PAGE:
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Conwy Castle from the bridge (Llandudno Junction is a short walk over the bridge; handy if your train doesn't stop at Conwy)

I crossed the bridge taking in the views in the dry and light wind. It wasn't Clitheroe, but there was a castle – and it had been a good call to go to Wales for a change (a recent change obviously).

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The castle and the first three of six pubs of my day out.

First up had to be the Liverpool Arms partly for the name and partly because is it next to the harbour. Spoke a little to the dray who was making a delivery from Purple Moose Brewery. Seemed a thoroughly nice chap as, like Andys, I'm sure most of them are.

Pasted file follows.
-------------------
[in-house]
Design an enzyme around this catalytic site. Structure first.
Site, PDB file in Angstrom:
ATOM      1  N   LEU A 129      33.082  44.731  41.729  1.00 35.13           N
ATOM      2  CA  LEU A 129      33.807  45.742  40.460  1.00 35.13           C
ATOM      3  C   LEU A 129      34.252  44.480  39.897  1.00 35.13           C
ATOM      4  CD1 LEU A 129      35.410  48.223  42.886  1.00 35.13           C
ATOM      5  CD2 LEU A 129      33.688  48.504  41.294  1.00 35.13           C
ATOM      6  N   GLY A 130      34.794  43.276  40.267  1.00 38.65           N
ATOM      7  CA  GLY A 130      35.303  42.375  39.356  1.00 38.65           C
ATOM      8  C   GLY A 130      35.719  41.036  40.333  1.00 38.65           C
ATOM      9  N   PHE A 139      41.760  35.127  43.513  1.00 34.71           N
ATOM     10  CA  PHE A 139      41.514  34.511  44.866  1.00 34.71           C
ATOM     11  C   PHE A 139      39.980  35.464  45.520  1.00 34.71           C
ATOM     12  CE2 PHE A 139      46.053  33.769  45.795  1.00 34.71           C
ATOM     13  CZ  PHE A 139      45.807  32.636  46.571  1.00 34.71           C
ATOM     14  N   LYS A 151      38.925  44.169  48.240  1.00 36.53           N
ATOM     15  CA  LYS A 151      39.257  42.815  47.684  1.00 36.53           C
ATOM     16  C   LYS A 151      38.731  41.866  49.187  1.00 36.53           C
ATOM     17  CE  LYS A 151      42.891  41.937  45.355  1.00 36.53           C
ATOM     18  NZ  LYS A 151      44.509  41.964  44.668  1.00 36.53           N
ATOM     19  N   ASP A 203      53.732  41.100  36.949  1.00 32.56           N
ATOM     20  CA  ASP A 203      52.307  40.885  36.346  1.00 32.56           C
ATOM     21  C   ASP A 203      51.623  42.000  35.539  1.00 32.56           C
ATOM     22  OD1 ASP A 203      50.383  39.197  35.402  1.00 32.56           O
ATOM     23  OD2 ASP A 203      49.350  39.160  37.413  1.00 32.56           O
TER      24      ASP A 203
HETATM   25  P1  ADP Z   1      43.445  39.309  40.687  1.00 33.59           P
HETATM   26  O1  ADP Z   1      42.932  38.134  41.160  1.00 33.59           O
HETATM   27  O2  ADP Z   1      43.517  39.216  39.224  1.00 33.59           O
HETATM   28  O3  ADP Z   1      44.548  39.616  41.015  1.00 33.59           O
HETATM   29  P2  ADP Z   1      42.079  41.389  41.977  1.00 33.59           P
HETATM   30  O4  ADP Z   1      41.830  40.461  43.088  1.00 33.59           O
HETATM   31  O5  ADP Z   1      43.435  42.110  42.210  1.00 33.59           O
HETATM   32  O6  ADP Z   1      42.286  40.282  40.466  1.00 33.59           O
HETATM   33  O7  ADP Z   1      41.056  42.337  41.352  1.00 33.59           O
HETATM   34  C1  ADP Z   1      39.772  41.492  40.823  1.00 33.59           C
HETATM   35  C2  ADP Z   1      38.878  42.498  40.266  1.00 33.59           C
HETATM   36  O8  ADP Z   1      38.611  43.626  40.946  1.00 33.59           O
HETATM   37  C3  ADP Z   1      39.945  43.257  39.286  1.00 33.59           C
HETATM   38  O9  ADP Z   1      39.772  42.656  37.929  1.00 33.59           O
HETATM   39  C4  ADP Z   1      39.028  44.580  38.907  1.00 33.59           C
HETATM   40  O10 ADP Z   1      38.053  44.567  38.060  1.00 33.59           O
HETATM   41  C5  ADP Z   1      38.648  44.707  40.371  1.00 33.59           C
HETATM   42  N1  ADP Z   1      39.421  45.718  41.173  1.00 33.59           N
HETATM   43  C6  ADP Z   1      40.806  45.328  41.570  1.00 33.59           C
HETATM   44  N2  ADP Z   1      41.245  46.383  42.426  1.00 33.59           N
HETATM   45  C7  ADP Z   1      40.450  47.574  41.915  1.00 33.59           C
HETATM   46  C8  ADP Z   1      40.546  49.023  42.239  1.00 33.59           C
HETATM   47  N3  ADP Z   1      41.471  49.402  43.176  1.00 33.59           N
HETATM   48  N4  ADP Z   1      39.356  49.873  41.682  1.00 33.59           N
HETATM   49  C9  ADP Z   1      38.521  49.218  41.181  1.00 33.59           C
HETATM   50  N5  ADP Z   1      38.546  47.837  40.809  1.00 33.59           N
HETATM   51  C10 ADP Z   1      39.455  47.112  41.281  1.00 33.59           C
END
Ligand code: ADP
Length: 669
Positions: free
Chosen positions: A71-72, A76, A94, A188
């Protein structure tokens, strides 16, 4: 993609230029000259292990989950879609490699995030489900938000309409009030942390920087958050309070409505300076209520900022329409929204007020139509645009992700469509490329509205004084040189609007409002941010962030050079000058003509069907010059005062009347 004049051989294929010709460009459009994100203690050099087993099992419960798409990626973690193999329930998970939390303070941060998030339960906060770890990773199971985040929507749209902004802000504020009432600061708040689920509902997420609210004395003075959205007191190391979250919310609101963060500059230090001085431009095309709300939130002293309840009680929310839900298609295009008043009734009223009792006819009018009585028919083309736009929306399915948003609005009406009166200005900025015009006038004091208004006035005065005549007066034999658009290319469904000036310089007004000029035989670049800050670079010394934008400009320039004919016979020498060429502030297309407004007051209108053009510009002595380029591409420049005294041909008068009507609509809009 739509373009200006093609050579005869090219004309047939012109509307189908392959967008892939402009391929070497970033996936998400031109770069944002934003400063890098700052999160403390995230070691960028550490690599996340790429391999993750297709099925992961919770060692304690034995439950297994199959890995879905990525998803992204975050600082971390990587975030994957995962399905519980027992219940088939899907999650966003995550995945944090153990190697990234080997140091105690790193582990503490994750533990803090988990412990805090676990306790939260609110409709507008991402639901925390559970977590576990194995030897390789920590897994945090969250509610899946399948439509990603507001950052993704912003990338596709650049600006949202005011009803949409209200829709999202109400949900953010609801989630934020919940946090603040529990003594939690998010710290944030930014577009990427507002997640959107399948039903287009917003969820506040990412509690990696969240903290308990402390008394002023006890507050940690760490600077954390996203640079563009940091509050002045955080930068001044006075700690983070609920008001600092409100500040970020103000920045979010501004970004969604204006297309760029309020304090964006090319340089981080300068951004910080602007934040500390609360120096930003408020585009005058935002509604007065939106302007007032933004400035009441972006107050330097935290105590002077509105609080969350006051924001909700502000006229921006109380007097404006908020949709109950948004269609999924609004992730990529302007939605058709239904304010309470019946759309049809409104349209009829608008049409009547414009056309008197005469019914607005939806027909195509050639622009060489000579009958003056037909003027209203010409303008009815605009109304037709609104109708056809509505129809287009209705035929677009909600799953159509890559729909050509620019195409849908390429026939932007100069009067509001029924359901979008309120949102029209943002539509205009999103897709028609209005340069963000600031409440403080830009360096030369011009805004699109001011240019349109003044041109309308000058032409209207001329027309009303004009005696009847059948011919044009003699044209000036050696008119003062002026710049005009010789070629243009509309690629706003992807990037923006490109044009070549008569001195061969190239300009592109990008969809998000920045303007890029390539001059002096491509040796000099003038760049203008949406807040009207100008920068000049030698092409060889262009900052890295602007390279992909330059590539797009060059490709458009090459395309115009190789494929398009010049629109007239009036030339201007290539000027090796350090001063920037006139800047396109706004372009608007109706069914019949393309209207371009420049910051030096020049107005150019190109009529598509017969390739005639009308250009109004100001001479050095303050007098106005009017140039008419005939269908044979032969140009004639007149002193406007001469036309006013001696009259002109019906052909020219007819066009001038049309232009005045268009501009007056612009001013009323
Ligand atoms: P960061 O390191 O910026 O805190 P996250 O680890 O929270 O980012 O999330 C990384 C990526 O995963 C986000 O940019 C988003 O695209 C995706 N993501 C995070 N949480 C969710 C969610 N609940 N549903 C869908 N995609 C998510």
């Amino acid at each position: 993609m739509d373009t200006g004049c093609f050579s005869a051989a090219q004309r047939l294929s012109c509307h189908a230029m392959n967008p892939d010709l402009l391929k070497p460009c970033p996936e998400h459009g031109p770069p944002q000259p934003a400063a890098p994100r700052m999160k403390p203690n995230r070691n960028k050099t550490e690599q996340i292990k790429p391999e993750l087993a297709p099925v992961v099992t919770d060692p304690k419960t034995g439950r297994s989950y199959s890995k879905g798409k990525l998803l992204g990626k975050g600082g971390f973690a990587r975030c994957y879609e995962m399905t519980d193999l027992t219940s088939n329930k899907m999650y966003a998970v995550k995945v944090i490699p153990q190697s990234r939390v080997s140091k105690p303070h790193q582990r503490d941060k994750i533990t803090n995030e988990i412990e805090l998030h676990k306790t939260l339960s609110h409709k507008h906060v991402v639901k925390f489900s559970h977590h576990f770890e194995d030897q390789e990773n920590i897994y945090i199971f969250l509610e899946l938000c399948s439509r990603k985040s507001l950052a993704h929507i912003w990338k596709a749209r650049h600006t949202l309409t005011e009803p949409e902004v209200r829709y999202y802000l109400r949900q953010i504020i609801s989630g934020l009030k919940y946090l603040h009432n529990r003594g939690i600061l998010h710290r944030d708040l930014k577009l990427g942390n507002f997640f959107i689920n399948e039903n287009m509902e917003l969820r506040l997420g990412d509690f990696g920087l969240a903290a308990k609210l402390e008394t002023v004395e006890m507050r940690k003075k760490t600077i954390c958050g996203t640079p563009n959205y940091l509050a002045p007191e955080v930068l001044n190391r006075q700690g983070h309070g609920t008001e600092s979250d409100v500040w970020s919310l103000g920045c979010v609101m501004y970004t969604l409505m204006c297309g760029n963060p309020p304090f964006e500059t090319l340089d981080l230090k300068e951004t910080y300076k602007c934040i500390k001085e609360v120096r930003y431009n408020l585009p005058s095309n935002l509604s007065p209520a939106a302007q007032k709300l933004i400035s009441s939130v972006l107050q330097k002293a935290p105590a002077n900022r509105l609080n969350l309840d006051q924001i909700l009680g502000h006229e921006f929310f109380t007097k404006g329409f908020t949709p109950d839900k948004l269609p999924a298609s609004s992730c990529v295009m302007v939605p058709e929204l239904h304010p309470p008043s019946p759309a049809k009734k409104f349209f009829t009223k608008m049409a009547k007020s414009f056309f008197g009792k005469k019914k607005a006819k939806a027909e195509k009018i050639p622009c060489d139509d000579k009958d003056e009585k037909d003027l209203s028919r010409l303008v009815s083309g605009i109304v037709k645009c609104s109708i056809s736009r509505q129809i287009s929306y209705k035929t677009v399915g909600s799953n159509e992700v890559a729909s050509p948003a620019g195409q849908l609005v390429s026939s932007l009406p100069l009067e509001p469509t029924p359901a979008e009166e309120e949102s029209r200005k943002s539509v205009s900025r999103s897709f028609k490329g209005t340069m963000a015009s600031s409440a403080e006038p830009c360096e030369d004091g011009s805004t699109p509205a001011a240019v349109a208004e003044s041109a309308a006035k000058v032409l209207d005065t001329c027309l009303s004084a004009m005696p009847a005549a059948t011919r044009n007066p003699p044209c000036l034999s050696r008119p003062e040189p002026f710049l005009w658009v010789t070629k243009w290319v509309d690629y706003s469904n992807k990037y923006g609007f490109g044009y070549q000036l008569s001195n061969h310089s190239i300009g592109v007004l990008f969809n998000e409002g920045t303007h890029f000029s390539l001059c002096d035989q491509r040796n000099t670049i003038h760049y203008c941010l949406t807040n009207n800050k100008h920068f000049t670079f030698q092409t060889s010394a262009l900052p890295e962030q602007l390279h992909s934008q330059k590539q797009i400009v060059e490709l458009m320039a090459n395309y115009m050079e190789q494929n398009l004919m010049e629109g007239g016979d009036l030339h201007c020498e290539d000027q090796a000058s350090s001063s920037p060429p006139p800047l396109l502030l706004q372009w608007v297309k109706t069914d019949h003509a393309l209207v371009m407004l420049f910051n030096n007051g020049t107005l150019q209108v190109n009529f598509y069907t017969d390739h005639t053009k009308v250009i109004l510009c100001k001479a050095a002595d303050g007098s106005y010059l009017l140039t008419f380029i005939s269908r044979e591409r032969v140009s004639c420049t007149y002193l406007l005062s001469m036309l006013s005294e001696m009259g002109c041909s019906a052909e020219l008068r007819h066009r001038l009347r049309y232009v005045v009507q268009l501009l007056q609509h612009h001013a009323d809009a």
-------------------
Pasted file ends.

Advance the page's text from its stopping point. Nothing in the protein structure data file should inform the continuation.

Walked straight up the High Street past the Castle Hotel and other pubs and went to the Bank of Conwy. Lovely spot. Good to see it hasn't changed from earlier visits. Then it was a short walk, albeit by a circuitous route, to The Albion. It was spot on as expected (although one of the beers they had on had a Christmas name): points off for that – it's September.

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The last three pubs of my not quite Clitheroe day out.

It was another short walk (hell, the whole afternoon was – it's not a massive town centre) next to the Erskine Arms. A quite posh looking pub within a hotel. Had another nice pint there (a Purple Moose) before moving back downhill down the High Street. This time I went into the rather posh looking Castle Hotel. Had a really good chat with a young couple who'd travelled up from Cardiff. The man did some creative writing and the woman was a singer-songwriter – I mean how could you not have a nice chat?!